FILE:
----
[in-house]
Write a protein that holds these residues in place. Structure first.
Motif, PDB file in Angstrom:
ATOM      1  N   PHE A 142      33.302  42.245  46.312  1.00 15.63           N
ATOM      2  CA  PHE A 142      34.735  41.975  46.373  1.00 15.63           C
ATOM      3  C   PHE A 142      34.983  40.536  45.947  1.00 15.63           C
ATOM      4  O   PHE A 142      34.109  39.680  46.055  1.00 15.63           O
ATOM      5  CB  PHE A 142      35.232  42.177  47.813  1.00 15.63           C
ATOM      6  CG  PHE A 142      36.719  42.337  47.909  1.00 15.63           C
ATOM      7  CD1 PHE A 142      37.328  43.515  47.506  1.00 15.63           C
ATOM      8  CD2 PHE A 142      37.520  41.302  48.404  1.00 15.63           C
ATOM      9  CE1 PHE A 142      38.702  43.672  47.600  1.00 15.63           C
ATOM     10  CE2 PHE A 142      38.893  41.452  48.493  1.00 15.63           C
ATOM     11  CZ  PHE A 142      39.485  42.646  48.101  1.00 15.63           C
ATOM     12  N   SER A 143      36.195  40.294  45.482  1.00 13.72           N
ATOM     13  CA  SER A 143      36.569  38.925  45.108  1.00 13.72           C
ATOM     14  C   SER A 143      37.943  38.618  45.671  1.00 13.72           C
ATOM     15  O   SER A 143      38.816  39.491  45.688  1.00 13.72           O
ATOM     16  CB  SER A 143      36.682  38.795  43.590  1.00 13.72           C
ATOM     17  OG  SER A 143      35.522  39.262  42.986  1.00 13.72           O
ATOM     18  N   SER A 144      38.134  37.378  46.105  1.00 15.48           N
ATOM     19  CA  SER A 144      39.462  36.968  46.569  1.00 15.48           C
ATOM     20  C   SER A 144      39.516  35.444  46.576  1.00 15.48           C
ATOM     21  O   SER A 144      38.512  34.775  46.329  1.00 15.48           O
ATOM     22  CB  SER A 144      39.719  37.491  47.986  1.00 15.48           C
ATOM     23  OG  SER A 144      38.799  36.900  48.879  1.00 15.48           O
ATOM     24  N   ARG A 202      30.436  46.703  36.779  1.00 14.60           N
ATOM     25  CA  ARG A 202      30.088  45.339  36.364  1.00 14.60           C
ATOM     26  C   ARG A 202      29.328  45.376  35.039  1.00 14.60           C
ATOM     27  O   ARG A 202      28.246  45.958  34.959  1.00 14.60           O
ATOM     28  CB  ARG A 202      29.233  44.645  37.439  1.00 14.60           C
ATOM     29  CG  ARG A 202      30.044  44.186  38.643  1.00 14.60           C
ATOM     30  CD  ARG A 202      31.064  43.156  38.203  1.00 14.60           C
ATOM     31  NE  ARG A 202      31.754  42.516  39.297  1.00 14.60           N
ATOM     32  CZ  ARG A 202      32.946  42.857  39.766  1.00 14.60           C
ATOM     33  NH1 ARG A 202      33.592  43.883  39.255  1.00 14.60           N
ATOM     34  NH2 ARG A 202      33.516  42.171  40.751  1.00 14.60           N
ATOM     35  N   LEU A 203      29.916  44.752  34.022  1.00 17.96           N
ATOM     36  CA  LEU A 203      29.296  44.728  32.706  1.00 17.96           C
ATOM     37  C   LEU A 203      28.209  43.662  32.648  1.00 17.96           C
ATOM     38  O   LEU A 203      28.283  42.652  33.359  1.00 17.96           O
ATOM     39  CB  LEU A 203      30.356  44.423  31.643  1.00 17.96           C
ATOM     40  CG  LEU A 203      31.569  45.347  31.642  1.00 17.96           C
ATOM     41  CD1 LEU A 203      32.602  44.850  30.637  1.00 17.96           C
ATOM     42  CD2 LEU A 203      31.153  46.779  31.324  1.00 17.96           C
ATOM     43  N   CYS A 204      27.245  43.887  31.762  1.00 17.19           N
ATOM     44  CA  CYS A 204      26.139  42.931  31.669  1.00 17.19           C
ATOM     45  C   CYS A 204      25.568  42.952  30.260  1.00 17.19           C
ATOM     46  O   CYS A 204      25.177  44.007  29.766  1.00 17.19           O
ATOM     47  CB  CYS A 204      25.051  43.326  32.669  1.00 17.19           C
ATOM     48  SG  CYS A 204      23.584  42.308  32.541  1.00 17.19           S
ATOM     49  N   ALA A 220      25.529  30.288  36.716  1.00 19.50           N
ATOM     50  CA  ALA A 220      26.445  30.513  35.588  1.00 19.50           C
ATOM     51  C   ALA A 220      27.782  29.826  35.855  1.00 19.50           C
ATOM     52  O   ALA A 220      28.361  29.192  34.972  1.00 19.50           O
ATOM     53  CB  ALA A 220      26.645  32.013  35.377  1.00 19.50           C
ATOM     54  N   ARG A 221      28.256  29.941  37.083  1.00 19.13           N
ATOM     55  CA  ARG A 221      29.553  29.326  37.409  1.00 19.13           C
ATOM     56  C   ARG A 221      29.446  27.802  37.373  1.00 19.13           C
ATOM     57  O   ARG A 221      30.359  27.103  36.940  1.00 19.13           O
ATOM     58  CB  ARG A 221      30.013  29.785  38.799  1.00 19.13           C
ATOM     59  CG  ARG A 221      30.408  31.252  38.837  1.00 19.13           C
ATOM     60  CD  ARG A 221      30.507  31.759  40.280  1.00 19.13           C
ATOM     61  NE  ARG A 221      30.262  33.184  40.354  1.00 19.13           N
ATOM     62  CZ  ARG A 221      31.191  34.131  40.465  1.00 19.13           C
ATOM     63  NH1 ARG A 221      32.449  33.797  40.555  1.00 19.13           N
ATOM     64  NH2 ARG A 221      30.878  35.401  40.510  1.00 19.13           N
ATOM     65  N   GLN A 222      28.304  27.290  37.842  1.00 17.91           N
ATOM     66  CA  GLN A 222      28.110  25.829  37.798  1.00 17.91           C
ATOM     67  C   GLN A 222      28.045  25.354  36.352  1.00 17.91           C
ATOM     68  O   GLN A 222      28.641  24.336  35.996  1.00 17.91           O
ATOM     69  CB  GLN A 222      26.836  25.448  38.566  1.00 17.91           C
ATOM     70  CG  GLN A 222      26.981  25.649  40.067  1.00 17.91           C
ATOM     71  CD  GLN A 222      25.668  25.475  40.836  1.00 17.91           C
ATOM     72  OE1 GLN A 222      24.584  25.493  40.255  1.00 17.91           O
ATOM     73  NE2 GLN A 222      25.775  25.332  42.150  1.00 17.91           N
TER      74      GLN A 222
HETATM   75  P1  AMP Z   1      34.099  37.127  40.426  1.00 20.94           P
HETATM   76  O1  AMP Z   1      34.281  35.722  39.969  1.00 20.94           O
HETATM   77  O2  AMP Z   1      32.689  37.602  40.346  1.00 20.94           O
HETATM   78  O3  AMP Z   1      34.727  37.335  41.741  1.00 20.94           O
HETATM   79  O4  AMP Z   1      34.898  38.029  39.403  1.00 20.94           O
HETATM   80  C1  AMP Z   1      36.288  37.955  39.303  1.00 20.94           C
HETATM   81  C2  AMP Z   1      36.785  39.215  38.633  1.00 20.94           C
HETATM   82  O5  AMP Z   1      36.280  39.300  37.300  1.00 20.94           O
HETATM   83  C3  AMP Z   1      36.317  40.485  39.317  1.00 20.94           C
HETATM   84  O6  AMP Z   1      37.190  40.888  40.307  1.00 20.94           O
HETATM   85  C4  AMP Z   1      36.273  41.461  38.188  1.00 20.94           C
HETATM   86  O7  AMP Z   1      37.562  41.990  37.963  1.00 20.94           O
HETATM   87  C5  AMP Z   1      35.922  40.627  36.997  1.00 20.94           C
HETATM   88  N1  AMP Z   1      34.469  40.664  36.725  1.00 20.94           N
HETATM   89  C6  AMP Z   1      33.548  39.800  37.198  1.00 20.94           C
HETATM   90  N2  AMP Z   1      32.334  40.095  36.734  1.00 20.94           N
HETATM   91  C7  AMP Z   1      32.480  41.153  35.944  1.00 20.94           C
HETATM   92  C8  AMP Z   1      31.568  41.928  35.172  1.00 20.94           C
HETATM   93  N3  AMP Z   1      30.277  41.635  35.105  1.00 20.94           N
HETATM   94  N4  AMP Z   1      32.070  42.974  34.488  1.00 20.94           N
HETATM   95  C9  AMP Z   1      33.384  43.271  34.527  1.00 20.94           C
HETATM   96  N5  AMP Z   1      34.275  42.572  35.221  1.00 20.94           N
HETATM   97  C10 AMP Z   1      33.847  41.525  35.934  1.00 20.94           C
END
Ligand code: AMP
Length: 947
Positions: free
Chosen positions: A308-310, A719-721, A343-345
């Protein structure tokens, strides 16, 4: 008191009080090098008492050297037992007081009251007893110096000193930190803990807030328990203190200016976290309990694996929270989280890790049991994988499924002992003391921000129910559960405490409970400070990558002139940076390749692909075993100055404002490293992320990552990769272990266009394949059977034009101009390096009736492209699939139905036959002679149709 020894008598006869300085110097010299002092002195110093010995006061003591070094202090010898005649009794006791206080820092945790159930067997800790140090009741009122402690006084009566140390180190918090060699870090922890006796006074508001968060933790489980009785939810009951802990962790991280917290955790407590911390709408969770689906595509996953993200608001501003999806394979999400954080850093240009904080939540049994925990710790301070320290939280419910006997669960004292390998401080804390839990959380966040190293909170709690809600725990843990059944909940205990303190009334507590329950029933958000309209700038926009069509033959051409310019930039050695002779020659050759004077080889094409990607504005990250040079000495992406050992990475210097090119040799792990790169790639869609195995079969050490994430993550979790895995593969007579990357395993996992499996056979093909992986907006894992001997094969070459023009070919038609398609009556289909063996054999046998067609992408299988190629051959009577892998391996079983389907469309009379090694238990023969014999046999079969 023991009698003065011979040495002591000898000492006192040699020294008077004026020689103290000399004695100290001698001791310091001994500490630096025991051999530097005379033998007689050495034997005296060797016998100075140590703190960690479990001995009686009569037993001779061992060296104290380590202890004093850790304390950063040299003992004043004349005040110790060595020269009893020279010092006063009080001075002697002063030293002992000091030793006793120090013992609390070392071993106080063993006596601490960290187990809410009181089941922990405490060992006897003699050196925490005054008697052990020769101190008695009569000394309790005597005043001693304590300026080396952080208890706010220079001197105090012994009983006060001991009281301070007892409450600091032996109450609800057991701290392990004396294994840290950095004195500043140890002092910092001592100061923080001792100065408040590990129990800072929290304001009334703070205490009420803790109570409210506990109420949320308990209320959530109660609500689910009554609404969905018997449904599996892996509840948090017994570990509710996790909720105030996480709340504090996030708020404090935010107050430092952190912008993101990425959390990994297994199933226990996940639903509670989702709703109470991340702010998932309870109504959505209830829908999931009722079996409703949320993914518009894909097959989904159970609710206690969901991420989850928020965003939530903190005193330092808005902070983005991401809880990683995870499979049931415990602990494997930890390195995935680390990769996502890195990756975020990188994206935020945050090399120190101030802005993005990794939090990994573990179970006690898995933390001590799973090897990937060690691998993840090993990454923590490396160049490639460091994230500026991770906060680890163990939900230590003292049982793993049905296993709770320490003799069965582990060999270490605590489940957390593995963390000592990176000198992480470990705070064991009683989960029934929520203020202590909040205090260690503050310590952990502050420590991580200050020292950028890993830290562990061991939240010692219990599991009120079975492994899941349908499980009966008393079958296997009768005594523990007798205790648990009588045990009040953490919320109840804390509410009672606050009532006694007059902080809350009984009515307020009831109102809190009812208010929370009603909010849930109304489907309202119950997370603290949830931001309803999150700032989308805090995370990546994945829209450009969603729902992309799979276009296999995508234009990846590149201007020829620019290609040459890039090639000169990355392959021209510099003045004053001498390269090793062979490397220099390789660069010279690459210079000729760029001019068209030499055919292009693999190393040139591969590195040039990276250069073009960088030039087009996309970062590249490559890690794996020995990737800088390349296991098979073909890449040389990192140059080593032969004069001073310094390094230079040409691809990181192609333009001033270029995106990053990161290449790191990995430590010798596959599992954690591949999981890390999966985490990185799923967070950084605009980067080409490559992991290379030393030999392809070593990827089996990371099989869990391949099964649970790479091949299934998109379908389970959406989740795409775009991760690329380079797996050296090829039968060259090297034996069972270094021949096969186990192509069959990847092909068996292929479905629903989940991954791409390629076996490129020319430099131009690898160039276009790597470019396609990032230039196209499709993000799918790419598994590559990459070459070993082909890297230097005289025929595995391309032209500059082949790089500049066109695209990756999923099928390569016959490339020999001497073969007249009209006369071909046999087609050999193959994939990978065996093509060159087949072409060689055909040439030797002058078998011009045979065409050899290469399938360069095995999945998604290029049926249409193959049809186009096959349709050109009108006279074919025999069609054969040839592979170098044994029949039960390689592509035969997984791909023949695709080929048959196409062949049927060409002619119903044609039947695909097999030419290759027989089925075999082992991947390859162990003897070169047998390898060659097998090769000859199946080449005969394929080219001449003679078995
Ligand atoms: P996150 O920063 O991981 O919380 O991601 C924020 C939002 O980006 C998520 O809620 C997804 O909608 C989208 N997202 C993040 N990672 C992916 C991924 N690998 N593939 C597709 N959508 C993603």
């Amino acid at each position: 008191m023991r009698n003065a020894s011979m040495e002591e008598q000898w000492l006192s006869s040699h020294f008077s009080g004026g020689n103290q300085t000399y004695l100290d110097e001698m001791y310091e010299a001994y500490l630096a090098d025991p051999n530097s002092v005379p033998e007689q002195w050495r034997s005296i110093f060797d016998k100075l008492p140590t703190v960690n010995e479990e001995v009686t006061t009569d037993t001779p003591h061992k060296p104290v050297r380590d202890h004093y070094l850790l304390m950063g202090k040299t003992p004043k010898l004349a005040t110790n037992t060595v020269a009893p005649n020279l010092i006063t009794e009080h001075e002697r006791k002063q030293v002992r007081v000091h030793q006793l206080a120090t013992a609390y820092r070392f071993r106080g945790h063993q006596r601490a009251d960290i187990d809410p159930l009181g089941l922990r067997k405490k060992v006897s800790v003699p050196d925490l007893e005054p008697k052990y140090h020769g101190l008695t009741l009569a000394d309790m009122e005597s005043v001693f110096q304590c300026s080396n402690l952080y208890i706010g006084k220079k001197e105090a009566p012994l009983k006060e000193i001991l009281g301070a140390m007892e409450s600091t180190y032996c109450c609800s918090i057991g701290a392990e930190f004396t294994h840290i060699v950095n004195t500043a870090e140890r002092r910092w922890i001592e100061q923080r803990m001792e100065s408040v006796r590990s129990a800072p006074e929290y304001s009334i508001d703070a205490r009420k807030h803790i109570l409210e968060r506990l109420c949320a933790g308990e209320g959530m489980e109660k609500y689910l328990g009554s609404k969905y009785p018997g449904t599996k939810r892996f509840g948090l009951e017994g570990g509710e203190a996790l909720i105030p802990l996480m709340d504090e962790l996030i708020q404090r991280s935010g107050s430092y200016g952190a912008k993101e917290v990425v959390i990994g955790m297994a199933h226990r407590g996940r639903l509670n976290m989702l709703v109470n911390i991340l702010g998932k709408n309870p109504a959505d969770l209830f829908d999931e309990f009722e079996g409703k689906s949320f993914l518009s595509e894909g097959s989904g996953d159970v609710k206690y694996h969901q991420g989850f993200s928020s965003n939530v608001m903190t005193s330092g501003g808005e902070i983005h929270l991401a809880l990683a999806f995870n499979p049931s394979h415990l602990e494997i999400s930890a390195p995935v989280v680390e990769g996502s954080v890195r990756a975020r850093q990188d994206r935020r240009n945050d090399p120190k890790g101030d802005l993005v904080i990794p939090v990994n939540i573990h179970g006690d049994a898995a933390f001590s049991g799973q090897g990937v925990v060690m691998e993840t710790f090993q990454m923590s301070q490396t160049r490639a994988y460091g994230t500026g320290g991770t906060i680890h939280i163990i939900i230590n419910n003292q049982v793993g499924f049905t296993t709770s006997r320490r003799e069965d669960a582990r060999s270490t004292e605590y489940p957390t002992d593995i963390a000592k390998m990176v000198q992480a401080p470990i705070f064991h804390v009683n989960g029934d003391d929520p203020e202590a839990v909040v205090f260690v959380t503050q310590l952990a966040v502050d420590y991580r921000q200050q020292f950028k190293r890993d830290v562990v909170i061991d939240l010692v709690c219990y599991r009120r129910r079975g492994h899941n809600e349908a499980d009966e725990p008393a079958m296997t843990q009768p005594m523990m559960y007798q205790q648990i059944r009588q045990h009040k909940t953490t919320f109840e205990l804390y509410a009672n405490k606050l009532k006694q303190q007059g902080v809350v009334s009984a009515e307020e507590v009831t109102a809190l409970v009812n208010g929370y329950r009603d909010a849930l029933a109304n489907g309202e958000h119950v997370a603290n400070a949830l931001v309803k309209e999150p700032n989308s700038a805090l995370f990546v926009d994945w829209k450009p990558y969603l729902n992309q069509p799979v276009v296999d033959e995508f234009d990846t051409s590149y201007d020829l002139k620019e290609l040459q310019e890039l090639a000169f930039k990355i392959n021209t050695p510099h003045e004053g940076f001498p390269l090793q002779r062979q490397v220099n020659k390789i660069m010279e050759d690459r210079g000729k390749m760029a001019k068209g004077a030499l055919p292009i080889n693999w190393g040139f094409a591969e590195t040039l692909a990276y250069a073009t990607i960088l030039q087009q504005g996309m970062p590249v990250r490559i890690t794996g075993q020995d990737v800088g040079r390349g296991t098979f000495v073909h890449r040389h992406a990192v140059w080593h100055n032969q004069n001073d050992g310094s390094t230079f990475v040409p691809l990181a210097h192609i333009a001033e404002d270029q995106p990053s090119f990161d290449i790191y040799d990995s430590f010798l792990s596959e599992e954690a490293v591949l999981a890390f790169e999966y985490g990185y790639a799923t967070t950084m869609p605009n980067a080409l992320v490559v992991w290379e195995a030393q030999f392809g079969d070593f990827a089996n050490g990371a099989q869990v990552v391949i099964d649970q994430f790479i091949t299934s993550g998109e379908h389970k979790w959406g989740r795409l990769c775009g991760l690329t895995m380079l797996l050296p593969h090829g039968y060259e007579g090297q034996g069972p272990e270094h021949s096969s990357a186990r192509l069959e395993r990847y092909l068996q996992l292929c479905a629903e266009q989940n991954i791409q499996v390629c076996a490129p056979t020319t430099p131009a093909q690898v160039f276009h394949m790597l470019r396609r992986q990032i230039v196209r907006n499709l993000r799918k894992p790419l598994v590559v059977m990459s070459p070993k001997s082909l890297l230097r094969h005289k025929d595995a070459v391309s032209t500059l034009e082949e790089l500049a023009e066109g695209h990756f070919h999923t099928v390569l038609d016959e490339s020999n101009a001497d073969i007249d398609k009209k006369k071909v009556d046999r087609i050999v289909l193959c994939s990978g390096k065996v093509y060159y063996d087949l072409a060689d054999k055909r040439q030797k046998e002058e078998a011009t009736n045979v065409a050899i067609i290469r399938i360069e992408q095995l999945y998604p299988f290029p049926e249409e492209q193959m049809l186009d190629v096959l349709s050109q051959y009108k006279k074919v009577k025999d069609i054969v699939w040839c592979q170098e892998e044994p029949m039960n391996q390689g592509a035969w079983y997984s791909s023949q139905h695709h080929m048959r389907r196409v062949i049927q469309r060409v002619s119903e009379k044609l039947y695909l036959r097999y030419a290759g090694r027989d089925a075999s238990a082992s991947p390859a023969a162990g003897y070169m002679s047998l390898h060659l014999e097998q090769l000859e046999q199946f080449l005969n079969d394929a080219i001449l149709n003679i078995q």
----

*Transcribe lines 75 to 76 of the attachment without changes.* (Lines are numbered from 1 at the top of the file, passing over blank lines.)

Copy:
ATOM     72  OE1 GLN A 222      24.584  25.493  40.255  1.00 17.91           O
ATOM     73  NE2 GLN A 222      25.775  25.332  42.150  1.00 17.91           N